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BayanaThe Sources of Mughal Architecture$
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Mehrdad Shokoohy and Natalie H. Shokoohy

Print publication date: 2020

Print ISBN-13: 9781474460729

Published to Edinburgh Scholarship Online: September 2021

DOI: 10.3366/edinburgh/9781474460729.001.0001

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The Chatrī: its Origin, its Basic Forms and its Variants in Bayana

The Chatrī: its Origin, its Basic Forms and its Variants in Bayana

(p.330) Chapter Six The Chatrī: its Origin, its Basic Forms and its Variants in Bayana

Mehrdad Shokoohy

Natalie H. Shokoohy

Edinburgh University Press

The pavilions known as chatrīs are familiar features of North Indian architecture to the extent that Lutyens and Baker adopted them for New Delhi. Their antecedents in temple architecture and the traditional architecture of Iran, as well as their meaning, are intriguing: a canopy representing heavenly protection. The prevalence and variety of the form in Bayana is considered through detailed typological survey beginning with funerary chatrīs: the standard ones with four columns roofed with corbelled or true domes, also octagonal and hexagonal plans, or arranged in series as open rectangular canopied buildings. Indian prototypes and Persian wooden canopies, still standing or depicted in miniatures, are considered. Wooden pavilions in India are known from the sources, and early stone chatrīs for gateways are frequently found, while the Buland Darwāza to the shrine of Ḥamīd al-dīn Chishtī in Nagaur is a famous example with reverberations elsewhere. Bayana preserves experimental forms including a walled chatrī with twelve columns and the Baṛe Kamar: a tomb foreshadowing the arrangement of the tomb of Iʿtimād al-daula in Agra. The symbolic role in the minbars of early mosques is highlighted to explain how the emblematic form is deeply rooted in Indo-Iranian tradition.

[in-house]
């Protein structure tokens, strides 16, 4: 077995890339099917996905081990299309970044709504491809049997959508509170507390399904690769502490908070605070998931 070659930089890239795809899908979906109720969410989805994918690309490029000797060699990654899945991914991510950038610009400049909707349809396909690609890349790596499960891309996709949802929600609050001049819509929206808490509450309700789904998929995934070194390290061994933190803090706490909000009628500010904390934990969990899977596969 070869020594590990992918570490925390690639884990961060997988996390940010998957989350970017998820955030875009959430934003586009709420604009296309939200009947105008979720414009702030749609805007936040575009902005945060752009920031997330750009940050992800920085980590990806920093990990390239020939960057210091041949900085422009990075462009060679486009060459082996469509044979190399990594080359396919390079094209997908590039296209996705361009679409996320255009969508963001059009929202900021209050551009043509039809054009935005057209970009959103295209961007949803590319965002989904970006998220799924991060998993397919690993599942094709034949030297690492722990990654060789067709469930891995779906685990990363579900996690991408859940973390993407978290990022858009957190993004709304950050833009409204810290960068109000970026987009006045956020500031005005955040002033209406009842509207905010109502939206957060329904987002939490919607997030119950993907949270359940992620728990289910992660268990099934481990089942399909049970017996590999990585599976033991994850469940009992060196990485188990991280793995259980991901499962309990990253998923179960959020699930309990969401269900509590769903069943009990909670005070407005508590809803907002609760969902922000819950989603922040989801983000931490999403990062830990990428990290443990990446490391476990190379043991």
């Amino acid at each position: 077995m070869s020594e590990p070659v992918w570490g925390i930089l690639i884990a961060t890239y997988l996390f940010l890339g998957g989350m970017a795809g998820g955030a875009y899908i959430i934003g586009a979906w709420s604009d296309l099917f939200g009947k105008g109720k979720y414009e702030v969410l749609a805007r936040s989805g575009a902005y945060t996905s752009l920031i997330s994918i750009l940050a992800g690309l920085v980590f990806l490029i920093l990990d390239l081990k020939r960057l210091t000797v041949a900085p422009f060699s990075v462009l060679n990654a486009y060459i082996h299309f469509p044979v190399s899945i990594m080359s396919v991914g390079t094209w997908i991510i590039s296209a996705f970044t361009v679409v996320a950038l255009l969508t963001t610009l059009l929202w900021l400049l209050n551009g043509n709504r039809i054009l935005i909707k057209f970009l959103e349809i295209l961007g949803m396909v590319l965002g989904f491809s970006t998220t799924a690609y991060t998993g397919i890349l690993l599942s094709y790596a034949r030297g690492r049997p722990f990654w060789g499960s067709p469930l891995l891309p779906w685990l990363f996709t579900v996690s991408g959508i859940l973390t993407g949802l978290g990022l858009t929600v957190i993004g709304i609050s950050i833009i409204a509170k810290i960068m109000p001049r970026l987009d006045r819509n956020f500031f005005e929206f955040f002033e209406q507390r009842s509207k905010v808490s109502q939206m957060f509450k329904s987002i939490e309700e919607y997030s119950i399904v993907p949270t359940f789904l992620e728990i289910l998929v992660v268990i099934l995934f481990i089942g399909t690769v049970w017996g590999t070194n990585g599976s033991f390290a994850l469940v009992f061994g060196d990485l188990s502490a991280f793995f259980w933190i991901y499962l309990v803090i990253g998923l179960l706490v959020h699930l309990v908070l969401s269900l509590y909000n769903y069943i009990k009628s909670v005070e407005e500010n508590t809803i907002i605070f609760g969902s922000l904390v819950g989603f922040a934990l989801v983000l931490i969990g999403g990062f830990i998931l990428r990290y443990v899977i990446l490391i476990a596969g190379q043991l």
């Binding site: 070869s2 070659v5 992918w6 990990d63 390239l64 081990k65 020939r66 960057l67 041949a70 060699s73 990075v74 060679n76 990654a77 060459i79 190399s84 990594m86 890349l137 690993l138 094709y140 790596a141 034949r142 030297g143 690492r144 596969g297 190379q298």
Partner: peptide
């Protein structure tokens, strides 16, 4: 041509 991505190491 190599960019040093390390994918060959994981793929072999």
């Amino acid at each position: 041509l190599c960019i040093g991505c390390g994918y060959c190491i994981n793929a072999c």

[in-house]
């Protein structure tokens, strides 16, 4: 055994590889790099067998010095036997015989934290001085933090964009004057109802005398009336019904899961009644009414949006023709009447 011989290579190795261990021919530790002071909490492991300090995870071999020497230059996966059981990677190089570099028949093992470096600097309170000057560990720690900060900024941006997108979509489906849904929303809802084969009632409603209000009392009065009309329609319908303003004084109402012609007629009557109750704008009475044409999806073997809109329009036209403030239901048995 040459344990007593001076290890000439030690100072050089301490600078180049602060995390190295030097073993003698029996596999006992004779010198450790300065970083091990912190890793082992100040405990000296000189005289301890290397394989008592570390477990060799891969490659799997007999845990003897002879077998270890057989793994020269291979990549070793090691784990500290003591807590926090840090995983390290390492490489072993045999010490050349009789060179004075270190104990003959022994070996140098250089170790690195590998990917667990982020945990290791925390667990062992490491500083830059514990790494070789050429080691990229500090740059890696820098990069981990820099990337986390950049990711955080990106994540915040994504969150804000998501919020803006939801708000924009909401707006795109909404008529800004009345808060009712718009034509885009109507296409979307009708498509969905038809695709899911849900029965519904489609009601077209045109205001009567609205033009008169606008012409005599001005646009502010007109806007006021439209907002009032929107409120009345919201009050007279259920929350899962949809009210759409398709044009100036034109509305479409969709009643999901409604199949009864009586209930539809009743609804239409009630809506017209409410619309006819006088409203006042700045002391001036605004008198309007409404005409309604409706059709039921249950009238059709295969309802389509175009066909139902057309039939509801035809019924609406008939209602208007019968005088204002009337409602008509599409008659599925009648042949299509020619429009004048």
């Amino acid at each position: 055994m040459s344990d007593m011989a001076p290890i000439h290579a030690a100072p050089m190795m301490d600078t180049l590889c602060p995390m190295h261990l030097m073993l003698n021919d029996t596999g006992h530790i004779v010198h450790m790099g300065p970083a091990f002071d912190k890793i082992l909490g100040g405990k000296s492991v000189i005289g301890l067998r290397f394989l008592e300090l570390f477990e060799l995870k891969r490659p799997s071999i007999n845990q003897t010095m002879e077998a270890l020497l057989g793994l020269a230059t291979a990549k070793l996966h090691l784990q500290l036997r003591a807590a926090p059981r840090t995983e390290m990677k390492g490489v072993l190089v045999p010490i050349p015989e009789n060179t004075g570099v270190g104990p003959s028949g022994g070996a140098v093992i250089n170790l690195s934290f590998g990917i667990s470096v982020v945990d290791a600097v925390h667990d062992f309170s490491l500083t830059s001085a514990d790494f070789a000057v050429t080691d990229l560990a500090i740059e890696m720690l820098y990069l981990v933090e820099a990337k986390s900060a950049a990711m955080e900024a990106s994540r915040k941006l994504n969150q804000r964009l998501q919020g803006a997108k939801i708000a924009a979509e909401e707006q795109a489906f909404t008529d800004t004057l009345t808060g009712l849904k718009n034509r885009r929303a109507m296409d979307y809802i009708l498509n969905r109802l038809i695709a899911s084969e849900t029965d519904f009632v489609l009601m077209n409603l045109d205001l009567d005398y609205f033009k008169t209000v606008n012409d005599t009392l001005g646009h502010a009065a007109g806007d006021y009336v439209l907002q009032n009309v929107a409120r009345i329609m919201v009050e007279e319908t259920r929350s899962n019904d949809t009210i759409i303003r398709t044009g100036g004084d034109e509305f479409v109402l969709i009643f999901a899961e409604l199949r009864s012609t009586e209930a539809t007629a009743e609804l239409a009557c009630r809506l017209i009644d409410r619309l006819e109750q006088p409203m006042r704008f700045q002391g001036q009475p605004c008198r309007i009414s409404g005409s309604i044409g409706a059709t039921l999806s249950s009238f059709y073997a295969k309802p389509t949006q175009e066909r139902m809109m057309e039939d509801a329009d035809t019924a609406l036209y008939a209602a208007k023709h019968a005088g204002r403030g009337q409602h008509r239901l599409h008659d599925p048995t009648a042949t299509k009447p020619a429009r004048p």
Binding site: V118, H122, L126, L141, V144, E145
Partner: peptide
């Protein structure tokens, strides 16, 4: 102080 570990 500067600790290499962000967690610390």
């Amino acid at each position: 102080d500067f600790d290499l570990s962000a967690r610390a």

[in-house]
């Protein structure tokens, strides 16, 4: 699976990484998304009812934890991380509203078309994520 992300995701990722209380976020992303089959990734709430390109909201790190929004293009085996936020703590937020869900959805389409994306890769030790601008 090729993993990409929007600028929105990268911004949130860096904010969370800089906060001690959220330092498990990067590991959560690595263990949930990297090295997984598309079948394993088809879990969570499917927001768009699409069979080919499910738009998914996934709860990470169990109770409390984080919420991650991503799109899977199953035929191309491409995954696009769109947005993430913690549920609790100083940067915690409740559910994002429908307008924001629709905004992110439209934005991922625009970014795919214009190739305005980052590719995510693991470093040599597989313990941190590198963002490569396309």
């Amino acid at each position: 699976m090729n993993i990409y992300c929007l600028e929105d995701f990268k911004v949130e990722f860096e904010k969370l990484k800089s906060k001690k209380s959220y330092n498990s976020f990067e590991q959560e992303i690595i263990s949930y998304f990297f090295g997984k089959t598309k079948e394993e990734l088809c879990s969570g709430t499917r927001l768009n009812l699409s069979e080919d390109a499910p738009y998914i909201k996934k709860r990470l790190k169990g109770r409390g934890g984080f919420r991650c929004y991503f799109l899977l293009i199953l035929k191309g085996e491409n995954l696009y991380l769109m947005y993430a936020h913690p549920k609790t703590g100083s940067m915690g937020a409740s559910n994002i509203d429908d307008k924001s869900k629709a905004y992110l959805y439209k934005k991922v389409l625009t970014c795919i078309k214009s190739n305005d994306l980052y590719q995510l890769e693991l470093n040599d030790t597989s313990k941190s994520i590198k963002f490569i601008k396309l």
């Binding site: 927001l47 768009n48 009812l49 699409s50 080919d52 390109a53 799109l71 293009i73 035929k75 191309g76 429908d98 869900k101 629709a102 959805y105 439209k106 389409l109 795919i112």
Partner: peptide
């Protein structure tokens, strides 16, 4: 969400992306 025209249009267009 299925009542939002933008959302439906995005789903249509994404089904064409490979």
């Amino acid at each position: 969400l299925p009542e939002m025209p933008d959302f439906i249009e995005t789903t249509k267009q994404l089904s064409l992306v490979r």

Keywords:   Lutyens, Sir Edwin, Baker, Herbert, Temple Architecture, Iran, Nagaur, Shaikh Ḥamīd al-dīn Chishtī, Agra, Iʿtimād al-daula

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